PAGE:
Check out this for Automator actions Photoshop Automator Actions v3.7 : Complete Digital Photography

    Automator is a built-in Macintosh system application not many people talk much about....you might have fun with it!



    Questions about how best to keep digital files are a lot like discussions about drinking glasses in the cupboard: stored rim up, or rim down? Or toilet paper--coming over the front side of the roll, or from the back side of the roll?
     
  8. Plato

    Plato TPF Noob!

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    Adobe made that recommendation right in the Lightroom-2 preferences pane!

    As far as I can determine you're probably correct about JPEG-2000. However, my understanding is that the major reason for its existence is lossless compression. Unfortunately, there are only three persons in the entire world that use it and none of them are in my social circle so I'd be opening up another can of worms. The fact that regular JPEG does not support 16-bit is the info that I was looking for.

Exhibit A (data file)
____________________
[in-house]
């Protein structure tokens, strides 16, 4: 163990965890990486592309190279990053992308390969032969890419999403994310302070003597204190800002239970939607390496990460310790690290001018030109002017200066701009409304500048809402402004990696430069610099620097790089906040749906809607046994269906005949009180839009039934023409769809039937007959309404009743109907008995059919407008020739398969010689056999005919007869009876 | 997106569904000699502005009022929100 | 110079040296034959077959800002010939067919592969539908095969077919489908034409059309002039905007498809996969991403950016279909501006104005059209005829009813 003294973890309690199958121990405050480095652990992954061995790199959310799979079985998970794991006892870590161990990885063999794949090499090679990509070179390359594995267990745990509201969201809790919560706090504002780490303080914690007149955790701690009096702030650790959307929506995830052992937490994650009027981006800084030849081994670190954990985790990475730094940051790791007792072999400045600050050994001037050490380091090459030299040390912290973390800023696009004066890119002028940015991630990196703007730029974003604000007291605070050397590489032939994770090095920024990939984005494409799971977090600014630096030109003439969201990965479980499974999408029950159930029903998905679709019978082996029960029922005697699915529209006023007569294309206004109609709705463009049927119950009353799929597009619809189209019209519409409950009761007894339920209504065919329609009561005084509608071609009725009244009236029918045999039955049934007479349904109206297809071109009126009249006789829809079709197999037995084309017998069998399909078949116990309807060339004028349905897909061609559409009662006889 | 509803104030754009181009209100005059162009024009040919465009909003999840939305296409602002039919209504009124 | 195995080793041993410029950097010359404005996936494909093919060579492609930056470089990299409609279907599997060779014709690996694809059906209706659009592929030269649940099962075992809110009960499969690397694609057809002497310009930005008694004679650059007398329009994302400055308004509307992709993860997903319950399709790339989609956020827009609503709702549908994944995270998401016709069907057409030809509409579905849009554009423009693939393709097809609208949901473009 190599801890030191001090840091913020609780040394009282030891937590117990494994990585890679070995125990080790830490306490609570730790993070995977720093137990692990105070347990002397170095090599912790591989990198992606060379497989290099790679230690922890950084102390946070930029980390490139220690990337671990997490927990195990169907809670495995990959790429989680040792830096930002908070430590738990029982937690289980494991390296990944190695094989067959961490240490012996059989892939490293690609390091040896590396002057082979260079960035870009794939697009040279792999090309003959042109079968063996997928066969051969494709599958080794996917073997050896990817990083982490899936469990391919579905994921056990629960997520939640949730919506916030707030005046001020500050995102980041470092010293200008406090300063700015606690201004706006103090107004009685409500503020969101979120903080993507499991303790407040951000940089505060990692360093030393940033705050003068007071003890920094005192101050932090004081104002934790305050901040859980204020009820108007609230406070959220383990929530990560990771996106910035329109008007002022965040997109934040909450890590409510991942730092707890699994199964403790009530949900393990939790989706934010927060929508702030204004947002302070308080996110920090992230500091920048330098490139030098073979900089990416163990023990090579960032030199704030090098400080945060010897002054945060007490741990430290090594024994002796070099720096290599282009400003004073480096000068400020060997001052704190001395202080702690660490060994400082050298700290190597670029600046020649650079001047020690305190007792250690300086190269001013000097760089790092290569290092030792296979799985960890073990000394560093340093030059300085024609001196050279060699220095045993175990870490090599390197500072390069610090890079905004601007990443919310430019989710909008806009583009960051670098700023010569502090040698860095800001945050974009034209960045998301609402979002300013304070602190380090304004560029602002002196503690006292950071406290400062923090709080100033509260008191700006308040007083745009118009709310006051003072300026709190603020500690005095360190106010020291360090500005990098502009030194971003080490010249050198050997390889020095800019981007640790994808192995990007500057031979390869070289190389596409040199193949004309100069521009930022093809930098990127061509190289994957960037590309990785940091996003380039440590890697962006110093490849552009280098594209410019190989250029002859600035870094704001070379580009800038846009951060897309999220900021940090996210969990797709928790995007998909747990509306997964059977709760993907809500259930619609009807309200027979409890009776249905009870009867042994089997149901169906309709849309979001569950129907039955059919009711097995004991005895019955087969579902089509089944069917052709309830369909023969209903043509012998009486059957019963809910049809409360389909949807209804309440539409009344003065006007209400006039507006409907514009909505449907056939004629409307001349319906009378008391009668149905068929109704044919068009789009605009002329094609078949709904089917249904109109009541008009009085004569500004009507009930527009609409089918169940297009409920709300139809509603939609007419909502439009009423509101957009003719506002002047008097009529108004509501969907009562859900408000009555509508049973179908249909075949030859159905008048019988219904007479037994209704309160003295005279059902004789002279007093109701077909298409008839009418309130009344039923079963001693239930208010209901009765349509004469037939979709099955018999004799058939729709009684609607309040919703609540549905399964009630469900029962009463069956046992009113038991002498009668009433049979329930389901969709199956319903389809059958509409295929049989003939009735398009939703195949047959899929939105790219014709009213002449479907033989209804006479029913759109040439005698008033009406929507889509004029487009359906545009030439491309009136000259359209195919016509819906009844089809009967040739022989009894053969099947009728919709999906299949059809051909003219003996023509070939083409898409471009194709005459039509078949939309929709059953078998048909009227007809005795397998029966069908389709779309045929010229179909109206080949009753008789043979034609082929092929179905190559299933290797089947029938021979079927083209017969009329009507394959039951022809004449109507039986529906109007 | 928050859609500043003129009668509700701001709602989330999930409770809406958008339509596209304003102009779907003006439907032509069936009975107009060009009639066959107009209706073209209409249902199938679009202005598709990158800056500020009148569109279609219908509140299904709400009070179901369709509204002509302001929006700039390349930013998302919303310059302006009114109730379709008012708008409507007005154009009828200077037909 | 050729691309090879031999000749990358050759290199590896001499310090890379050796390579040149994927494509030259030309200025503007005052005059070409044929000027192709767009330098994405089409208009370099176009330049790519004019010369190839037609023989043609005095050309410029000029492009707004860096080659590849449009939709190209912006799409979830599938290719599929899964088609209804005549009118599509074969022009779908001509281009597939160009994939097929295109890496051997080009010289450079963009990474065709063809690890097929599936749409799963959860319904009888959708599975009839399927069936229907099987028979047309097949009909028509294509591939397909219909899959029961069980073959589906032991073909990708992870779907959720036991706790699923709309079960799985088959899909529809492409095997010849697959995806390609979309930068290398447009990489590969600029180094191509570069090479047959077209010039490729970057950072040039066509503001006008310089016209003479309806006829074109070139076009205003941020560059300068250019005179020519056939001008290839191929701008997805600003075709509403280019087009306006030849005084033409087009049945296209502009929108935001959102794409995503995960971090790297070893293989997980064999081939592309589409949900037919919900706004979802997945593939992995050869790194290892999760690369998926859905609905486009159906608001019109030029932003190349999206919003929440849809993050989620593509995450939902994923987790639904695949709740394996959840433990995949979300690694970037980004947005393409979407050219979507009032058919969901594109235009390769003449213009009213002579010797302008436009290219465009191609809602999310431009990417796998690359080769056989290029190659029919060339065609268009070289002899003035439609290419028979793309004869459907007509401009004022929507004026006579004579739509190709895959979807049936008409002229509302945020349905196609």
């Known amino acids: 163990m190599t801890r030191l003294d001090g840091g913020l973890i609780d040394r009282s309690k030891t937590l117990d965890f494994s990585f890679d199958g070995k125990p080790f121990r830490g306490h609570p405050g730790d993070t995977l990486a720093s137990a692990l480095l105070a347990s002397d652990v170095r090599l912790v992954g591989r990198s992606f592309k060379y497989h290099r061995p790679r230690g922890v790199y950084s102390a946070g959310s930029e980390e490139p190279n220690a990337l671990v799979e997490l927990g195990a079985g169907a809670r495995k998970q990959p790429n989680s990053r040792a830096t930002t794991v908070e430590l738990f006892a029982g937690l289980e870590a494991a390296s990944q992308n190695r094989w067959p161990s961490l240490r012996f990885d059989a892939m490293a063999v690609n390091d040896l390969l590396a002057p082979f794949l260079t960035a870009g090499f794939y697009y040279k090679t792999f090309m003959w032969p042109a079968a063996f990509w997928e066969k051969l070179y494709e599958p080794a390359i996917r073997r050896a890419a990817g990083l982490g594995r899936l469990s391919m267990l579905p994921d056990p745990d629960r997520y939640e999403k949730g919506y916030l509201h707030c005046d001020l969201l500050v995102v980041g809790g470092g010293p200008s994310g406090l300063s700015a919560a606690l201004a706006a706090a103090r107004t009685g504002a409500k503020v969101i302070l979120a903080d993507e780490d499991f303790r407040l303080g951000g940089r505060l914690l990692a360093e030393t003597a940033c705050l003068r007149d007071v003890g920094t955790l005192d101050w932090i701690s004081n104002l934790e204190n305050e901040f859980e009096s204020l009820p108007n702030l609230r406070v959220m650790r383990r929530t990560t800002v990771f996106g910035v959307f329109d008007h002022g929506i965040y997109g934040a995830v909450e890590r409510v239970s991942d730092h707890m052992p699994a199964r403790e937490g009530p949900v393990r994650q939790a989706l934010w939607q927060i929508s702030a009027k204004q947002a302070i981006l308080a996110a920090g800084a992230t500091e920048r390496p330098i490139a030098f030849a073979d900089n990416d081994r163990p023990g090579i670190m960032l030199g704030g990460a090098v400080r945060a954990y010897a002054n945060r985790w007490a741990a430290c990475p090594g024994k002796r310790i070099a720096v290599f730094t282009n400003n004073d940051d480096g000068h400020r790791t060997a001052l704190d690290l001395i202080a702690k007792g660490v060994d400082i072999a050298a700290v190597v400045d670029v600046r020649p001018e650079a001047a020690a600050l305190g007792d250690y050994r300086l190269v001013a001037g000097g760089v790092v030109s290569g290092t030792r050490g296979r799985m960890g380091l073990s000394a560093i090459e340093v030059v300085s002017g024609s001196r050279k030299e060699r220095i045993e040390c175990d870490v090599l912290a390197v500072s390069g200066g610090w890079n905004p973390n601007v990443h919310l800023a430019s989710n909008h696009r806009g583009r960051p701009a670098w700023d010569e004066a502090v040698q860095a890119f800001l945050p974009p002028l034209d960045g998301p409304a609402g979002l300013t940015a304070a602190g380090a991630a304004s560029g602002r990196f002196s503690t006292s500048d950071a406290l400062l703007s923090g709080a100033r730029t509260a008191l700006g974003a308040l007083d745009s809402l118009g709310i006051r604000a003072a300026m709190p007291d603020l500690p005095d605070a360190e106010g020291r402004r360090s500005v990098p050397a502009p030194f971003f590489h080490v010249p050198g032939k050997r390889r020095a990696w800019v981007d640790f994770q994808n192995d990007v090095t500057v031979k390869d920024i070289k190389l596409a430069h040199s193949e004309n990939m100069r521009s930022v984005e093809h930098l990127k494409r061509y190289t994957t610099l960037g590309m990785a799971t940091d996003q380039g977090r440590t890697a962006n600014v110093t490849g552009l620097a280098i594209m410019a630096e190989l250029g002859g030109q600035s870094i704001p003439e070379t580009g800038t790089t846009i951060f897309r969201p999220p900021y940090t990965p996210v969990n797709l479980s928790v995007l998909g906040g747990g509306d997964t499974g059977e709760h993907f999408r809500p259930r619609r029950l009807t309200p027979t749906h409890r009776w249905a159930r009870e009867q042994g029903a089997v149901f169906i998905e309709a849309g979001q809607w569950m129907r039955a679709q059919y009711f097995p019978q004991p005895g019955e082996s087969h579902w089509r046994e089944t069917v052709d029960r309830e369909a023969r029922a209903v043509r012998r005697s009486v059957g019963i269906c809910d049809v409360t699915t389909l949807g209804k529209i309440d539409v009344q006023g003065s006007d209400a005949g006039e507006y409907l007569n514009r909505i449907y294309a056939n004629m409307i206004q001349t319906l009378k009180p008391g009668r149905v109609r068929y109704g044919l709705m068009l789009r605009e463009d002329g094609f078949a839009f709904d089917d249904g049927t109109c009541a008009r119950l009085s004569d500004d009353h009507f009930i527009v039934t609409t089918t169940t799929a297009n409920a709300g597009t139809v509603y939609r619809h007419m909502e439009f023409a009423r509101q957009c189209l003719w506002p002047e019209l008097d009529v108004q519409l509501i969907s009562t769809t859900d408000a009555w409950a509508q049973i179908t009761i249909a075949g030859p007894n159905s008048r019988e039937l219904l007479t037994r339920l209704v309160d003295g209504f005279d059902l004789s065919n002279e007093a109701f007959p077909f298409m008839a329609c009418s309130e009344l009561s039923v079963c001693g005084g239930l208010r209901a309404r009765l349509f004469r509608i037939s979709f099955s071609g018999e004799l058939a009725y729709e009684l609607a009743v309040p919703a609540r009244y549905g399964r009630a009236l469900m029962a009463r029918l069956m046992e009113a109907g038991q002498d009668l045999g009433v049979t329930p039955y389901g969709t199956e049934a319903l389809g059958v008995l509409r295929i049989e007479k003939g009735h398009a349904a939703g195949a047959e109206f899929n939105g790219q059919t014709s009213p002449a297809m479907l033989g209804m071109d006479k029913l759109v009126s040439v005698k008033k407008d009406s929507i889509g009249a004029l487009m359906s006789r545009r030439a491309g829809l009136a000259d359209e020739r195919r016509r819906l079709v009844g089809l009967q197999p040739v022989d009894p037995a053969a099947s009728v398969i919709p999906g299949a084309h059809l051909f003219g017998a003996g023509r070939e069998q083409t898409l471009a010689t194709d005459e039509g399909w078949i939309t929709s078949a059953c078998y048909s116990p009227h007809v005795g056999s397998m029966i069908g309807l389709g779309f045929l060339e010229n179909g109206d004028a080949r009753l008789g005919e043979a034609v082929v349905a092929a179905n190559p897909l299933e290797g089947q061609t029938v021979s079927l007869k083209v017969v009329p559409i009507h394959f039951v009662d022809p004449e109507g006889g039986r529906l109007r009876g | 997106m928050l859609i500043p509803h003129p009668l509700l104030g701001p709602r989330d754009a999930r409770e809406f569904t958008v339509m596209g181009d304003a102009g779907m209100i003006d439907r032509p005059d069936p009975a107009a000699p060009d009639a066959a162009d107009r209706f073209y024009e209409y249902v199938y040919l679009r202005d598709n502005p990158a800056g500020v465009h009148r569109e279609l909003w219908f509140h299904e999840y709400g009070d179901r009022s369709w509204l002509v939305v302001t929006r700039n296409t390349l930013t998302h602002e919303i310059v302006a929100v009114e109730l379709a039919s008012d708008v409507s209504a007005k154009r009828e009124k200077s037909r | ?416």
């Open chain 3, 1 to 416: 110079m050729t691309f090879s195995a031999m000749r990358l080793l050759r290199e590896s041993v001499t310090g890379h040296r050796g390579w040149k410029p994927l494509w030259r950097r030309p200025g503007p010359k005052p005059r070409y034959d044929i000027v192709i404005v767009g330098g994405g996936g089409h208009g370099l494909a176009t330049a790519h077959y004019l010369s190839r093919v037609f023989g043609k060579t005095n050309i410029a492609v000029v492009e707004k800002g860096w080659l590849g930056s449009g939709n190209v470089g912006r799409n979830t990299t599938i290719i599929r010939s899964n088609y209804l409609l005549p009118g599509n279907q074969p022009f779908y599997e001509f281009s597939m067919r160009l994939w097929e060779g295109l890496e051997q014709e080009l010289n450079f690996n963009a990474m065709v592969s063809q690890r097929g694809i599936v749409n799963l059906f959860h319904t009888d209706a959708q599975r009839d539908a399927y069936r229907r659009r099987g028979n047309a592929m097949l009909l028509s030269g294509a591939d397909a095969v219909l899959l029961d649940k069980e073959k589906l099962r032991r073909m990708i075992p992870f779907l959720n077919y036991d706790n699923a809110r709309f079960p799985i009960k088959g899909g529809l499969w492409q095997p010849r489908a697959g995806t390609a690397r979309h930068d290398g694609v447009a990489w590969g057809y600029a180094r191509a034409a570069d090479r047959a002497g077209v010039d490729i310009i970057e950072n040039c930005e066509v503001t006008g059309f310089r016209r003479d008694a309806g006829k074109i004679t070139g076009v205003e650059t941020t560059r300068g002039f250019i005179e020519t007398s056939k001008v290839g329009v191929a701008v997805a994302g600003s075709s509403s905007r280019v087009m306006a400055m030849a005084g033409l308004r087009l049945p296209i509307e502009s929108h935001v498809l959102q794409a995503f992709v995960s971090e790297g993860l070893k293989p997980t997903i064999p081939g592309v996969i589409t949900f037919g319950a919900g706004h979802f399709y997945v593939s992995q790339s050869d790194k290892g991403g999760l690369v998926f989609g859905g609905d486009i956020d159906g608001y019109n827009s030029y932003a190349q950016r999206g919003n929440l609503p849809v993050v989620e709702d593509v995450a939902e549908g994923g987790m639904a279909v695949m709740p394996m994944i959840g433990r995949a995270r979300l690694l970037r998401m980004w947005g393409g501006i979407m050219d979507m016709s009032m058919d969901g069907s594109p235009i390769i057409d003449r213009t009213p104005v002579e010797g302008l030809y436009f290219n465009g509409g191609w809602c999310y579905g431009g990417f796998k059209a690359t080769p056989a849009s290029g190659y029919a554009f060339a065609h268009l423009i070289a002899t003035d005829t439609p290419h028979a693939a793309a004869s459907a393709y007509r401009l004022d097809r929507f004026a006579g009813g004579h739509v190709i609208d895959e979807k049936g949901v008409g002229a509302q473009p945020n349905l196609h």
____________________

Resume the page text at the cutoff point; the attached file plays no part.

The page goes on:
My gut feel is that you're 100% correct. It does not make sense to work in 16-bit and/or ProPhoto RGB if it will all be changed in the end product. However, I have a late-model Mac and I can do everything in 16-bit/ProPhoto, including printing. I have not yet confirmed that my printer can handle it but, if it can, I'll use those settings for my prints and then dumb down the files for others.
     
  9. Plato

    Plato TPF Noob!

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    Derrel,

    I was responding to Dennis while you were responding to me. Look at my comments to him.

    1) I checked out the Automator link that you provided. Unfortunately, I don't have PS. I have PSE. Also, this is a bad time for me to mess with it. I'm fighting several software packages, all of which insist on cataloging my photos for me. I'm ending up with copies all over and I'm getting really screwed up.

    2) I've pretty much convinced myself that it's foolish for me to use 16-bit ProPhoto unless I can confirm that my printer can handle it. If it cannot, it makes sense to immediately export as 8-bit sRGB. There's something to be said for consistency. If anything changes in the future, I'll always have the RAW files and I can start all over again.

    Thanks again for your help.